A hospital worker in Wisconsin said they removed COVID-19 vaccine vials from refrigeration on purpose, causing spoilage of more than 500 doses.
Advocate Aurora Health, which runs hospitals in Wisconsin and Illinois, learned earlier this week that 57 vials of Moderna's COVID-19 vaccine were removed from a pharmacy refrigerator at Aurora Medical Center in Grafton.
An internal review was launched to probe what happened, and officials initially thought the action was caused by "inadvertent human error," Advocate said in a statement to news outlets.
"The individual in question today acknowledged that they intentionally removed the vaccine from refrigeration," it added.
The person was fired and Advocate notified the authorities.
"We continue to believe that vaccination is our way out of the pandemic. We are disappointed that this individual's actions will result in a delay of more than 500 people receiving their vaccine," Advocate said.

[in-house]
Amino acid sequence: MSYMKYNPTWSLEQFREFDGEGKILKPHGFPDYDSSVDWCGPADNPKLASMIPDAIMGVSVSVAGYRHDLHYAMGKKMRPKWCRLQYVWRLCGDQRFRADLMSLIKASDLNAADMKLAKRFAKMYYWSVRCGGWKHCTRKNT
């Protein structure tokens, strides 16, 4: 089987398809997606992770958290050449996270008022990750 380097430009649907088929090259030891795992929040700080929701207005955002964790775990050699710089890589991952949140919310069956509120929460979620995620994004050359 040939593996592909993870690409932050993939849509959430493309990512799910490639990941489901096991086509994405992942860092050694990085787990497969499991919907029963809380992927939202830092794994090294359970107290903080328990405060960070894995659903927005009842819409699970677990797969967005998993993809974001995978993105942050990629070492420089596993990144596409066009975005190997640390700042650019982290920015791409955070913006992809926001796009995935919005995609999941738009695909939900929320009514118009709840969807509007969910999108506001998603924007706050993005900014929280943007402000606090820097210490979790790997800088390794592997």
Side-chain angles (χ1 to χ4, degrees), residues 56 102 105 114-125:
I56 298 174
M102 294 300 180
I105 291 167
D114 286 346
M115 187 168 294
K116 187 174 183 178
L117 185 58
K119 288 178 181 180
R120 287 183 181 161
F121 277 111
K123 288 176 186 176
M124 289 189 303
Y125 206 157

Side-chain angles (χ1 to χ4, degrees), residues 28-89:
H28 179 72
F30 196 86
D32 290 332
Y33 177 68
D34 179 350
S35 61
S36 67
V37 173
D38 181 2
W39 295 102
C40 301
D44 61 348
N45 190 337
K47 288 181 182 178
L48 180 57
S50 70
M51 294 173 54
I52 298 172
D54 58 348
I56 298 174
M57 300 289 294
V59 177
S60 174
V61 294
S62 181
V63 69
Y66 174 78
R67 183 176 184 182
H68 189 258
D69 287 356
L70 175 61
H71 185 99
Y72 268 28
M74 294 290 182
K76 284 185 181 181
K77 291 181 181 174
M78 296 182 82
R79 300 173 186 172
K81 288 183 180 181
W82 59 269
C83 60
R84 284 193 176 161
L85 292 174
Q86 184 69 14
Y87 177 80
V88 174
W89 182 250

The Grafton Police Department confirmed in a statement that officers were informed about a hospital employee allegedly tampering with vials of the vaccine.
The department said it is investigating, along with the FBI and the Food and Drug Administration (FDA).
The first two COVID-19 vaccines approved for emergency use by the administration, including Moderna's, require refrigeration. The hospital said most of the vials that were removed went bad and had to be thrown out, though some of the doses were administered within the approved 12-hour window for injections post-refrigeration.
According to the FDA's authorization, Moderna vials are stored frozen between -13 degrees Fahrenheit and 5 degrees Fahrenheit. The vials can be stored between 36 degrees and 46 degrees for up to 30 days before first use. Unpunctured vials may be stored between 46 degrees and 77 degrees for up to 12 hours.
According to Wisconsin health authorities, over 47,000 COVID-19 vaccine doses have been administered in the state as of Dec. 29, including 6,306 doses of Moderna's vaccine.
Nationwide, 2.79 million people have been vaccinated as of 9 a.m. on Dec. 30, according to a tracker from the Centers for Disease Control and Prevention.